In 2015, the median purchasing power of Bonaire’s local population improved by 3.6 percent. The purchasing power of employed people improved by 4.4 percent, while it rose by 2.5 percent for the unemployed. One-parent households saw the most positive effects. The median increase for people in these households was 6.9 percent.
Since the first measurement in 2012, median purchasing power on Bonaire has increased. The sharpest rise was in 2015, when 50 percent of the population gained at least 3.6 percent. By contrast, 37 percent of the population lost spending power in the same year.
Spending power up for people in work Employed people saw their purchasing power increase slightly more on an annual basis since 2012 than the population as a whole. In 2015, purchasing power of household members with income from labour or their own business in both 2014 and 2015 improved the most, namely by 4.4 percent. Those on social benefits in both years saw a minor increase of 2.5 percent. Only one-quarter of this group saw their spending power decline.
Largest increase for single-parent households and couples with children Multi-person households had 4.2 percent more median spending power in 2015. The most significant improvement was seen among households with children: single-parent households and couples with children had 6.9 percent and 4.9 percent more purchasing power respectively. For single-person households, the increase was 2.5 percent.
Sharper rise for young households Of all age groups, the group of people under the age of 40 benefited most from the increase in purchasing power. These are the people who are still moving up the career ladder. As they gain more work experience and find better paid jobs, their wages increase. In 2015, this age group gained 6.8 percent in purchasing power. Despite this favourable development, spending power declined for 36 percent of people in this age category. For people aged 60 and over whose primary source of income was AOV (the local old age insurance benefit), the purchasing power improvement of 2.4 percent was equal to the development of AOV amounts in real terms.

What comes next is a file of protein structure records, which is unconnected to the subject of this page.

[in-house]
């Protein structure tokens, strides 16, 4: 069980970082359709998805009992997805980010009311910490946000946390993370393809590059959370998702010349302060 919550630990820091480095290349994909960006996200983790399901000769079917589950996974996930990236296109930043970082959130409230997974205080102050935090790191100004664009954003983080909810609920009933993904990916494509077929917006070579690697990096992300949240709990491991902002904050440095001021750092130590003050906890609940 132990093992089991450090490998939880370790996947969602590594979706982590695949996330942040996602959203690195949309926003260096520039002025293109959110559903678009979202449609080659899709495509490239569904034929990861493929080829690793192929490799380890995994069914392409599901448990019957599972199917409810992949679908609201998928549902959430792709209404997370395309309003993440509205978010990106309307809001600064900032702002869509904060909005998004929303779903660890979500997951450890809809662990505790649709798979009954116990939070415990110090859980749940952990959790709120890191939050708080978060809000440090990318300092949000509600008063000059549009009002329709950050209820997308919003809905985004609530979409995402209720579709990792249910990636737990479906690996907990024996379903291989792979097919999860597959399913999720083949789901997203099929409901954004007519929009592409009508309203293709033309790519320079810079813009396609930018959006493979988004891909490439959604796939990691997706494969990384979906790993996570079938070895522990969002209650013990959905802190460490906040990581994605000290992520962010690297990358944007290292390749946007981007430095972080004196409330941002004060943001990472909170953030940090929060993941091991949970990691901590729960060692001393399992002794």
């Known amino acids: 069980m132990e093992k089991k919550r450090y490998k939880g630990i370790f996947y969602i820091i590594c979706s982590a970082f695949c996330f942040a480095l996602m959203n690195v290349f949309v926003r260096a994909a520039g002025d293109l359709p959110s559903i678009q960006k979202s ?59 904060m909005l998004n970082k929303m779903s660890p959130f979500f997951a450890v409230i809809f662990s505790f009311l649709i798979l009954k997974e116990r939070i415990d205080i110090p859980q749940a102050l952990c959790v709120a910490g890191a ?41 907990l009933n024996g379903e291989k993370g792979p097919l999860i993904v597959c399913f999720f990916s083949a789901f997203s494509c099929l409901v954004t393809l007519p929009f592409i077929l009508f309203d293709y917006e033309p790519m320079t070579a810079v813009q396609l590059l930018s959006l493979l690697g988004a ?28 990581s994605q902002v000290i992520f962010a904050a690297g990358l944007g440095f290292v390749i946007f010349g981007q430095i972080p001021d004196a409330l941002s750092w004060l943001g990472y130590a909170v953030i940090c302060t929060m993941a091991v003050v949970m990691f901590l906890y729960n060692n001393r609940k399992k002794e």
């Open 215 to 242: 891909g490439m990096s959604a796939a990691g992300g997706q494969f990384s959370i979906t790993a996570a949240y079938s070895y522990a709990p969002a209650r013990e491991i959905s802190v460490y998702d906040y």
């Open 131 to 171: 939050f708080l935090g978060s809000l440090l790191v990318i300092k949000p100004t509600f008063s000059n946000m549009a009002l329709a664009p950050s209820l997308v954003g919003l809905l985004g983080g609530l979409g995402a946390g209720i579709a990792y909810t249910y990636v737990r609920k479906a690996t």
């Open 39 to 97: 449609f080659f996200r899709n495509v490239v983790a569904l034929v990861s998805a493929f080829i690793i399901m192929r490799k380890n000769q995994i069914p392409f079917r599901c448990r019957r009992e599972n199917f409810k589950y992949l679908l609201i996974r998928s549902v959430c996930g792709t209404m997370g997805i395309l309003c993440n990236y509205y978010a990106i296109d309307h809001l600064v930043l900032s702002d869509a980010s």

More purchasing power for all income classes
All income groups saw their purchasing power increase. Purchasing power improved most for people in the higher income groups. In the second highest income group, purchasing power rose most notably by 4.7 percent, while the increase amounted to 4.3 percent among people in the highest income class.
Example: AOV benefit The local old age insurance benefit (Algemene Ouderdomsverzekering or AOV) on Bonaire in 2015 was raised by 1.5 percent, from 7,501 US dollars in 2014 to 7,618 US dollars in 2015. On the other hand, prices went down by 0.9 percent in 2015. The increase in real terms was therefore 2.4 percent, i.e. (nearly) equal to the median change in purchasing power for people on Bonaire in households with a main breadwinner aged 60 and over, as well as for people in households mainly depending on social benefits in both 2014 and 2015. For these AOV benefit recipients, the actual change in purchasing power was nearly entirely due to the rise in their benefits in real terms.
Dynamic purchasing power development
The development of a person’s purchasing power, calculated as the change in standardised household income, adjusted for price changes.
Dynamic purchasing power may fluctuate for various reasons. For example, income may change due to periodic wage increases, a job promotion, accepting (change) of a job and retirement. Changes in household composition (children leaving home, partners separating etc.) also affect household income. All these changes are taken into account in the dynamic purchasing power development.